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Old 06-05-2005, 03:49 PM   #27
Mike Sigman
Location: Durango, CO
Join Date: Feb 2005
Posts: 4,123
Re: Highest Level Martial Arts and Aikido

Kevin Leavitt wrote:
...your point is well taken though, when diverting your intentions to "other things" becomes an excuse because it is "too hard" or you are not "patient" enough to learn the internal aspects of an art (KI and Kokyu, as you define it), then you are missing the point.
Well, a lot of people are not really interested in the point. The Taiji community has even more people in it for other than serious reasons. They're looking for the "Tao" (Taiji is not Taoist or Taoist-derived), a quasi-religion, a "martial art" that is fairly safe where no one will beat them up, they're doing it as a cry for help, etc., etc. And of course you have people who are mixed into that crowd that make a living "teaching", psychotherapyzing, talking about peace and harmony, playing Taoist sage, networking the community for customers, etc., etc. It's OK that all those people are there and any "easy" martial art will have a larger percentage of these types than a "hard" martial art... but the serious people can be put off by atmosphere if the less serious begin to dominate.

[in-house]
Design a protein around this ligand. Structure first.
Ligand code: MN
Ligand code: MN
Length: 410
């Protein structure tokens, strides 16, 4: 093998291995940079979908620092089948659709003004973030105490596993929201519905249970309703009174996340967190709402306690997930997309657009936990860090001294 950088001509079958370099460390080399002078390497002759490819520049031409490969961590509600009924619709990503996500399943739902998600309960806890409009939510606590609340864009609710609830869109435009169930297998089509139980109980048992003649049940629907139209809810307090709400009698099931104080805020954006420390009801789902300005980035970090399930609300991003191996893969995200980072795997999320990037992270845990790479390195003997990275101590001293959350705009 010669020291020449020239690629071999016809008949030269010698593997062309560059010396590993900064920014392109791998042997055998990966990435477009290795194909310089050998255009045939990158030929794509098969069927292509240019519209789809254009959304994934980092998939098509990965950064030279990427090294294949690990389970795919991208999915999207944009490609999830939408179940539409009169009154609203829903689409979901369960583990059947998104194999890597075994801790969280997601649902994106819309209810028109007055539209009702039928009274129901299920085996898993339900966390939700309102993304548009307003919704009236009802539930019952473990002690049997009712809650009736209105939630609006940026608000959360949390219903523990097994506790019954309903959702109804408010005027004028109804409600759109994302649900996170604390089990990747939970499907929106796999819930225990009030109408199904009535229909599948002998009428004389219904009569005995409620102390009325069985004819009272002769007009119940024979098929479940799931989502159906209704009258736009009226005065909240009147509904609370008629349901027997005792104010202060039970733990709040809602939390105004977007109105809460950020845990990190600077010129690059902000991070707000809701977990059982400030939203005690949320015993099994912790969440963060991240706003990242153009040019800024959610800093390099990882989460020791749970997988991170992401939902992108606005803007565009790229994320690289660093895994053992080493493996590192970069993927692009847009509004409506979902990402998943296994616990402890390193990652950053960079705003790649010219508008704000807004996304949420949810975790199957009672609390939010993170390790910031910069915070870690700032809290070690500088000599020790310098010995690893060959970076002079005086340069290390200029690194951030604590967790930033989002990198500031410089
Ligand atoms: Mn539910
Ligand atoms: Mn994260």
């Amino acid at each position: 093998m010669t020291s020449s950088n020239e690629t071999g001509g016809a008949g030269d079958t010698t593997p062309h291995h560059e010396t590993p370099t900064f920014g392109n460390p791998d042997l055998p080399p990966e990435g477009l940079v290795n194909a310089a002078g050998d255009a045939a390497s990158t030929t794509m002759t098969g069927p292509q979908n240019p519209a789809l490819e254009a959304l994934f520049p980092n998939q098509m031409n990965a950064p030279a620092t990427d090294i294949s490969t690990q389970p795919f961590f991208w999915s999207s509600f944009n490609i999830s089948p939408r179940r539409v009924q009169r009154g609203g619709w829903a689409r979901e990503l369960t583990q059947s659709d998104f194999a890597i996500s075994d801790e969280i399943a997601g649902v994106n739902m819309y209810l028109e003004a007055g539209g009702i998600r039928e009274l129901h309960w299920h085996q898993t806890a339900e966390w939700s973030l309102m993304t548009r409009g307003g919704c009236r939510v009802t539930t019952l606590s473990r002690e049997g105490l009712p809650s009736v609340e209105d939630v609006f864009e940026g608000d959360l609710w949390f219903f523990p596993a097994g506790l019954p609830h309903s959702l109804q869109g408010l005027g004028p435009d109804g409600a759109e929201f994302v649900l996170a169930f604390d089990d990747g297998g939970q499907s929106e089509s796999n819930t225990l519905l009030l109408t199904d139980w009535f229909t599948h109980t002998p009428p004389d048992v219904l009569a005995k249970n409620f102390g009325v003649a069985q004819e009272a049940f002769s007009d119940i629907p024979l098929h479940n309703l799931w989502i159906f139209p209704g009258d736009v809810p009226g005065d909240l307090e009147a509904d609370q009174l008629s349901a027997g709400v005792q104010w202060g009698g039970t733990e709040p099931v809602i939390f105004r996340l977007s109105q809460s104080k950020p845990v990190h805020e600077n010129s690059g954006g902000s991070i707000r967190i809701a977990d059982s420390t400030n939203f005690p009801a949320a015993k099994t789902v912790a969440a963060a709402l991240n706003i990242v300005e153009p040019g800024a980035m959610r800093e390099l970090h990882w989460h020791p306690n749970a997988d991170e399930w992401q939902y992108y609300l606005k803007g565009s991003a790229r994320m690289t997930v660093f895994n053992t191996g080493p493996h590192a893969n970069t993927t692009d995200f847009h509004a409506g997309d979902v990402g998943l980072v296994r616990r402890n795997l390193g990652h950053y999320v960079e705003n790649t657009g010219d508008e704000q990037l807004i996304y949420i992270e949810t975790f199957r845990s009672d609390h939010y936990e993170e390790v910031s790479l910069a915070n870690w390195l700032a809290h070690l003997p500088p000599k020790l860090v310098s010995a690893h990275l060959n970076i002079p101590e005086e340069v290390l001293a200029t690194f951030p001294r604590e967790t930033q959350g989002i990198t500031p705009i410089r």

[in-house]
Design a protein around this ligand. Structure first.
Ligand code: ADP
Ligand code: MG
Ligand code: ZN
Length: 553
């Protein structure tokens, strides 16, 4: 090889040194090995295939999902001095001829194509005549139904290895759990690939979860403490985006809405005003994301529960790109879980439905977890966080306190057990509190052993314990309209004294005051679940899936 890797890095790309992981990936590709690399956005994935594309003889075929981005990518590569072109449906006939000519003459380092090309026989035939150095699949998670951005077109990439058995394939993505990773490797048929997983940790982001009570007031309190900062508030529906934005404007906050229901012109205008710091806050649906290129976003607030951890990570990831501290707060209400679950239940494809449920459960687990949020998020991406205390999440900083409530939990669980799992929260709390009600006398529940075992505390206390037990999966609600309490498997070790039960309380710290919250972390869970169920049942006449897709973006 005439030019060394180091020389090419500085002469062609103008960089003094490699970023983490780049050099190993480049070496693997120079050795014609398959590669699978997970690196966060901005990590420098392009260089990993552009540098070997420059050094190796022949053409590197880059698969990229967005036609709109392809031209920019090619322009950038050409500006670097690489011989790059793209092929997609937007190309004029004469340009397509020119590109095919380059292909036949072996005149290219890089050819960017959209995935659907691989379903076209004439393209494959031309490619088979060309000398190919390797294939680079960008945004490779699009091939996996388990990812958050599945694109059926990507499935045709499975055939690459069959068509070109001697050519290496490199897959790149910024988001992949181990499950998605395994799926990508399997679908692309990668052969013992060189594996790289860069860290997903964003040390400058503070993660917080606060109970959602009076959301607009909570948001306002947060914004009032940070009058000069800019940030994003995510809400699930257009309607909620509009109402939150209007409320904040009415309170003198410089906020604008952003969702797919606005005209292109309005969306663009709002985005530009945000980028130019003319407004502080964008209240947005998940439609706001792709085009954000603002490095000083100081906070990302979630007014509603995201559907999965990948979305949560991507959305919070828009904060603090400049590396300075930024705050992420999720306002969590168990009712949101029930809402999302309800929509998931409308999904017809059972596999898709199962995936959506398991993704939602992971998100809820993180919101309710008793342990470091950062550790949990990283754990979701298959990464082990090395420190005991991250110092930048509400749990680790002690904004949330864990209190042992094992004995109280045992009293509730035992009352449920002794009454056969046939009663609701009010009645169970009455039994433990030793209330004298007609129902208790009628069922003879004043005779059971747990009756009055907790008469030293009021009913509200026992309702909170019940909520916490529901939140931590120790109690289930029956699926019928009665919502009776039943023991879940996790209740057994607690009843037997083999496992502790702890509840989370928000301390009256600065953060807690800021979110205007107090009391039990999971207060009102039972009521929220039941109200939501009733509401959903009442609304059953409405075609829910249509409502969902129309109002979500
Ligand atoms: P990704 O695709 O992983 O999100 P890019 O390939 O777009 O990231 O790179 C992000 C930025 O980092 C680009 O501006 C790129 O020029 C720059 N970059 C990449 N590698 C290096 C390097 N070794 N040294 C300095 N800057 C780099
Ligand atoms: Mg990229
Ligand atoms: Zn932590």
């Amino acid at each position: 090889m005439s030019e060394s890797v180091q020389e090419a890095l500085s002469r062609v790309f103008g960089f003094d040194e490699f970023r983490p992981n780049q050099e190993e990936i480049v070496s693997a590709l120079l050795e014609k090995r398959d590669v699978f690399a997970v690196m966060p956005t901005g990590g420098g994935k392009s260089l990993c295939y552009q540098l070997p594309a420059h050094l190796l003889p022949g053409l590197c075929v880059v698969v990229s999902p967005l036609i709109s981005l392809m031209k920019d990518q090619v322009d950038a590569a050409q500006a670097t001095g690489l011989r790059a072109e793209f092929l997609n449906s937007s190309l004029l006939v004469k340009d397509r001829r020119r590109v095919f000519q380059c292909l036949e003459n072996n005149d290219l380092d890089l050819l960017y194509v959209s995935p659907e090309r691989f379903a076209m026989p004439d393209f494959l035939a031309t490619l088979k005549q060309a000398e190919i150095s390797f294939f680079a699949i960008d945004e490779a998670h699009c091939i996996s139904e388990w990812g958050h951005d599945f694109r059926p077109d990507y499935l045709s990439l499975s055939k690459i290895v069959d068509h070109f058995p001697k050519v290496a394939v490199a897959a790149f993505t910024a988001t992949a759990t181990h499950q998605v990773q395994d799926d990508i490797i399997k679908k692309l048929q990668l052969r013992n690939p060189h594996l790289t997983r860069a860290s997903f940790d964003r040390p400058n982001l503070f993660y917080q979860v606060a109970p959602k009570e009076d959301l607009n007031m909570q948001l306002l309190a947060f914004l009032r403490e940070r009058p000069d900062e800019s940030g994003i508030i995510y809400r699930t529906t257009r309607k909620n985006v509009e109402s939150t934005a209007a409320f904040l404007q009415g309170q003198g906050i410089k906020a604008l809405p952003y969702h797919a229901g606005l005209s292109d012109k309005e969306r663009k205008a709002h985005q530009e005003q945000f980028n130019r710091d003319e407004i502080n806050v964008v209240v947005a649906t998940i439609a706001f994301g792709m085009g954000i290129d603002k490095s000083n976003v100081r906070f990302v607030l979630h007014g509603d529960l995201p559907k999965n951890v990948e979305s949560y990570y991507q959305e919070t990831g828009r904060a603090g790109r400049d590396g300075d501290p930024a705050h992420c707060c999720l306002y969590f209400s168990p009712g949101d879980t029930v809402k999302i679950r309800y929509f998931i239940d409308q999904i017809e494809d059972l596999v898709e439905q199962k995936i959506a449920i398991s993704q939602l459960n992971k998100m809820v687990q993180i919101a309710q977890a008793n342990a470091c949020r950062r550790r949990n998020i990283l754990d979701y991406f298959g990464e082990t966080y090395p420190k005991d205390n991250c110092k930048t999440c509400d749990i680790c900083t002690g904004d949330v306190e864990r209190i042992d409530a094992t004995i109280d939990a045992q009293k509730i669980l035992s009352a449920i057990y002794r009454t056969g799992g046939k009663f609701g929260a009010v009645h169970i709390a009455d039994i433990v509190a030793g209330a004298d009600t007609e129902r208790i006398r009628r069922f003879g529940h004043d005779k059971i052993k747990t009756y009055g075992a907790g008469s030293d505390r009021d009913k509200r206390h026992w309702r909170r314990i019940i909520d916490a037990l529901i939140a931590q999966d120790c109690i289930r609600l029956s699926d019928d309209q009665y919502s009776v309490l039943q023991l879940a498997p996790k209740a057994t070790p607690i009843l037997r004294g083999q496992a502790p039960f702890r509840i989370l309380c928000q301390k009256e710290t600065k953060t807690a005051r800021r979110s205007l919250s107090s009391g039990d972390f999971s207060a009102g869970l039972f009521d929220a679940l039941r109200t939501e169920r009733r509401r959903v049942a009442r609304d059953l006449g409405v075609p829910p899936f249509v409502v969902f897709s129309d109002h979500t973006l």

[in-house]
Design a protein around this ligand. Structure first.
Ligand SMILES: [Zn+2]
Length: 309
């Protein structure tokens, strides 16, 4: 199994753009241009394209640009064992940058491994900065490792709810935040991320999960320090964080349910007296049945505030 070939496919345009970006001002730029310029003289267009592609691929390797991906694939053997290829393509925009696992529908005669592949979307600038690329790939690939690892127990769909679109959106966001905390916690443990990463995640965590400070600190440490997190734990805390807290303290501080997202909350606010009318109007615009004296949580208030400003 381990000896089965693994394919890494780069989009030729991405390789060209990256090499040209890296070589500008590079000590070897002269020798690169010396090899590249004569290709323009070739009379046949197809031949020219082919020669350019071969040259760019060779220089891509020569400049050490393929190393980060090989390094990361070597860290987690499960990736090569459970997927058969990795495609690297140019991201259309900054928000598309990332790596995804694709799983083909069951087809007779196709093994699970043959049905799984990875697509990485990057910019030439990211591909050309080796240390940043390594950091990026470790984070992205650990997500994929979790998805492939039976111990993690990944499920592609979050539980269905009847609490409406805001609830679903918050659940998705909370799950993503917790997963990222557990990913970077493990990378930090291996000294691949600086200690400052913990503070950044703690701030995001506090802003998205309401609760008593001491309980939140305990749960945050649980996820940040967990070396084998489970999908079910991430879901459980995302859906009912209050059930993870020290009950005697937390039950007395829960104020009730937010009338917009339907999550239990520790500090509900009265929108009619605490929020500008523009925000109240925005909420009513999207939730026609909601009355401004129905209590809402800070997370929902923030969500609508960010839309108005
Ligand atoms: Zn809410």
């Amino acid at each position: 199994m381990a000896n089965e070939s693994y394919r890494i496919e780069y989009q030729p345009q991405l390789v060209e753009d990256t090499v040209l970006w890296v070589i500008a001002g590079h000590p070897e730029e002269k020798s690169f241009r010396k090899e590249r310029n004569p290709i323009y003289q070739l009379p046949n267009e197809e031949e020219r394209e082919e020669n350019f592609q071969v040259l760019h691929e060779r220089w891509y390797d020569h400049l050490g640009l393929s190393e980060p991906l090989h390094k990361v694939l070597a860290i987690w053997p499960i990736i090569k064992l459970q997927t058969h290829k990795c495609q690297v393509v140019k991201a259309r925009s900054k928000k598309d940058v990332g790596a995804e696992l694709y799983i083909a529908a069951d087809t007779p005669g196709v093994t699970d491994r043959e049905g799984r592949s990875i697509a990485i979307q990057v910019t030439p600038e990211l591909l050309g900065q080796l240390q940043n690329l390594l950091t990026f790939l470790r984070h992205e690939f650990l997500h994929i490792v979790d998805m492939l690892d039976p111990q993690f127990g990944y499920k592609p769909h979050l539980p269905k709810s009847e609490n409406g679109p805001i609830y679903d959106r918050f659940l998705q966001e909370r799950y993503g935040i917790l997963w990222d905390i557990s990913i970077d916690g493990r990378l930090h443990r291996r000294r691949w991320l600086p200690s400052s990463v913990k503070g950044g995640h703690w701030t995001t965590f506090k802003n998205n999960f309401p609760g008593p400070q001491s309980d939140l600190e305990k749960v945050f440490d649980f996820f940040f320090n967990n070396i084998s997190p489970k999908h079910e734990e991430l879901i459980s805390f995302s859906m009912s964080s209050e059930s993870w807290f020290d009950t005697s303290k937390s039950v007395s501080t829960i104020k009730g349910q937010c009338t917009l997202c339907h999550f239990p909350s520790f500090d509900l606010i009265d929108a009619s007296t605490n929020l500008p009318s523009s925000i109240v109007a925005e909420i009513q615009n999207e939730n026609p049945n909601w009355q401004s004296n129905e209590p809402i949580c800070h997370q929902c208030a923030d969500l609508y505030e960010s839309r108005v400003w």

Reminds me of a curious thing that happened in the Taiji community. When the really "big dogs" started coming to the U.S. after China finally opened its borders, the New Age and less serious practitioners suddenly got a whiff of what Taiji the martial art was about.... and they won't come to workshops (as a rule) of the really skilled Taiji experts. It is hard to get people to attend a Chen Xiao Wang workshop, for example, while the guys spouting "peace and harmony" and "taoism" get large crowds. In other words, it's not so much a problem with "distraction", in many cases... it's that a lot of a particular community wants to hear what they want to hear and they'll deliberately quash anything they don't want to hear. And of course many Chinese instructors simply play to what a lot of westerners want to hear.... they're here to make a living, not teach everything they know (and so many of them don't really know Taiji, but it's where the money is). Some parallels to this happen in the Aikido community, as most people know.


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